Urban Meyer violated one of the terms of his Ohio State coaching contract on the first day the football team gathered this summer. Not his contract with the university, the six-year deal worth $26-plus million. Meyer breached the agreement he made with his family.
Clause No. 4, as written by his college-age daughter, Nikki, on a contract signed by Meyer before he accepted the job, now framed above his desk: “I will not go more than nine hours a day at the office.” By the time the Buckeyes gathered for a team meeting, ESPN The Magazine’s Wright Thompson reports in a profile of the new Ohio State coach, Meyer had been at work 12 hours and counting.
Thompson follows a regretful and reflective Meyer through a soul-searching return to coaching. Back at Florida he had become a joyless perfectionist and a distant father, estranged from himself, or at least from the person he wanted to be. He swears he knows better now. Two years off, reading and consulting with coaches, has restored his sense of balance.
“Urban Meyer will be home for dinner,” the ESPN headline reads, and he promises not to bring work with him. Which, in the course of the story, comes to sound like the equivalent of a fan’s puffed up preseason expectations, usually punctured before the first leaf falls. Even his wife seems dubious.
Meyer appears to have a genuine interest in reducing his professional baggage, but to make that happen will require more than changing his own approach — which will be challenge enough. Even if his obsessive constitution can stand relinquishing the slightest competitive advantage in the name of perspective, will his public? His sense of balance isn’t the only one in question.
It’s a chicken-and-egg question: Does football attract coaches who make garden-variety type-A personalities look like Deadheads, or does the pressure make them that way? Meyer’s most revered Ohio State predecessor, Woody Hayes, took to shoving around cameramen and, ultimately, an opposing player. “I think you ought to take into consideration the enormous pressure of coaching football today,” Michigan’s Bo Schemebechler, a Hayes protégé, testified in his defense.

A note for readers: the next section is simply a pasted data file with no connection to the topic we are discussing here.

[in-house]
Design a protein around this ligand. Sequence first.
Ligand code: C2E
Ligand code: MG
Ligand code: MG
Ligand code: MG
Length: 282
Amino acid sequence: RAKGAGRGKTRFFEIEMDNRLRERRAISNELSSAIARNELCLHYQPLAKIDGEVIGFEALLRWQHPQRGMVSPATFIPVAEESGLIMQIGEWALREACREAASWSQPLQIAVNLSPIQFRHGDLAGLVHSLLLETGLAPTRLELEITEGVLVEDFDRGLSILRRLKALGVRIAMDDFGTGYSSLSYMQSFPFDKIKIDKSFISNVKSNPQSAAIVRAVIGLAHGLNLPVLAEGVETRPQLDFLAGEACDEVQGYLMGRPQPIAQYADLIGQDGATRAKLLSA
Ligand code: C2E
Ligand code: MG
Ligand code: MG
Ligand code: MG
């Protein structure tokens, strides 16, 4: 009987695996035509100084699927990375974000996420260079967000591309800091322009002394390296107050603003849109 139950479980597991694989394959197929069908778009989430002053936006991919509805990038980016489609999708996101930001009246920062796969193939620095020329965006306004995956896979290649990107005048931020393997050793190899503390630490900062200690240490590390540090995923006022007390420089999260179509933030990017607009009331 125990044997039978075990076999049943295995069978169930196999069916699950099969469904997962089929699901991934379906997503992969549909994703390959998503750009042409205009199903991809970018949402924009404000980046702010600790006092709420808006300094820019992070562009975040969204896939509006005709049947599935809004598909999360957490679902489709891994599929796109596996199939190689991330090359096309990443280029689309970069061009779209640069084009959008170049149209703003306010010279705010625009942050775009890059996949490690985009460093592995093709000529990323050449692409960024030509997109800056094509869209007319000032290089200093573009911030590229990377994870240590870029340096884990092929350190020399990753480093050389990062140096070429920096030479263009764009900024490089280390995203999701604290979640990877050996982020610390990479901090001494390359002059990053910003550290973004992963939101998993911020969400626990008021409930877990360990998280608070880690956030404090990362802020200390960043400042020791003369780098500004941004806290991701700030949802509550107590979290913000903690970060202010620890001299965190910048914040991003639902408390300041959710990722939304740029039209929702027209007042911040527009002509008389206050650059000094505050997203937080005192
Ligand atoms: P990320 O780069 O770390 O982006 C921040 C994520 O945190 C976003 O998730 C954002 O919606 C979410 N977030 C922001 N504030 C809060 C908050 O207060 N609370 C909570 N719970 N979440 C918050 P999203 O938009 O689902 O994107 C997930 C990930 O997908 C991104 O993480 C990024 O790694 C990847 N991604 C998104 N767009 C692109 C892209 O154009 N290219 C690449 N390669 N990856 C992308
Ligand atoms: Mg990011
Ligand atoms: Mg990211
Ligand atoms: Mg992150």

That was 1979, but the same thing could have been said for decades before then, more or less since college football’s opening kickoff. It’s been true forever, everywhere that aspires to national championships. Francis Schmidt, Ohio State’s coach from 1934 to 1940, once stayed in his car while it was hoisted on a lift for an oil change. Scribbling plays into a notebook as he waited, Schmidt came up with an idea he couldn’t wait to share, remembering where he was only after he stepped out of the car and fell to the ground.
A lot of coaches operate in that Wile E. Coyote reality. They can stay airborne as long as they keep their legs churning and don’t look down. Meyer ended up unresponsive on the floor of his Florida home, suffering what he feared was a heart attack. It turned out to be esophageal spams, cured with medication and resignation, from his job, yes, but first, to the reality of its unsustainable demands — internal and external.
Now he’s subjecting himself to them again, despite two national championships, enough money to retire, and children so hurt by his absence and fearful for his health that he had to make promises to them in writing. There’s an irreconcilable tension built into the terms of both his contracts. “He wants peace and wins,” Thompson writes, “which is a short walk from thinking they are the same.”
I wish Meyer luck, but I doubt his family will be able to drown out an entire stadium, an entire state, to which peace and wins absolutely are the same. There will be no support group for his personal growth, only open hostility toward anything that interferes with winning. Coaches like Meyer burn like forest fires and the fans’ expectations add gasoline. Only a Gatorade bath can extinguish that kind of blaze.
At that team meeting, already three hours into family-contract overtime, Meyer’s rhetoric reinforces how inseparable the personal and professional really are in his mind. Players from championship teams, he says, come back to campus all the time, forever reveling together. A 4-7 team? “You never see ’em.” Relationships depend on wins.
I doubt anybody in Ohio with designs on beating Michigan read those words and worried about whether Meyer’s dinner would be cold when he got home.
Jason Kelly, a former sports columnist for the South Bend Tribune, is an associate editor of the University of Chicago Magazine. His most recent book is Shelby’s Folly: Jack Dempsey, Doc Kearns, and the Shakedown of a Montana Boomtown. Email him at firstname.lastname@example.org.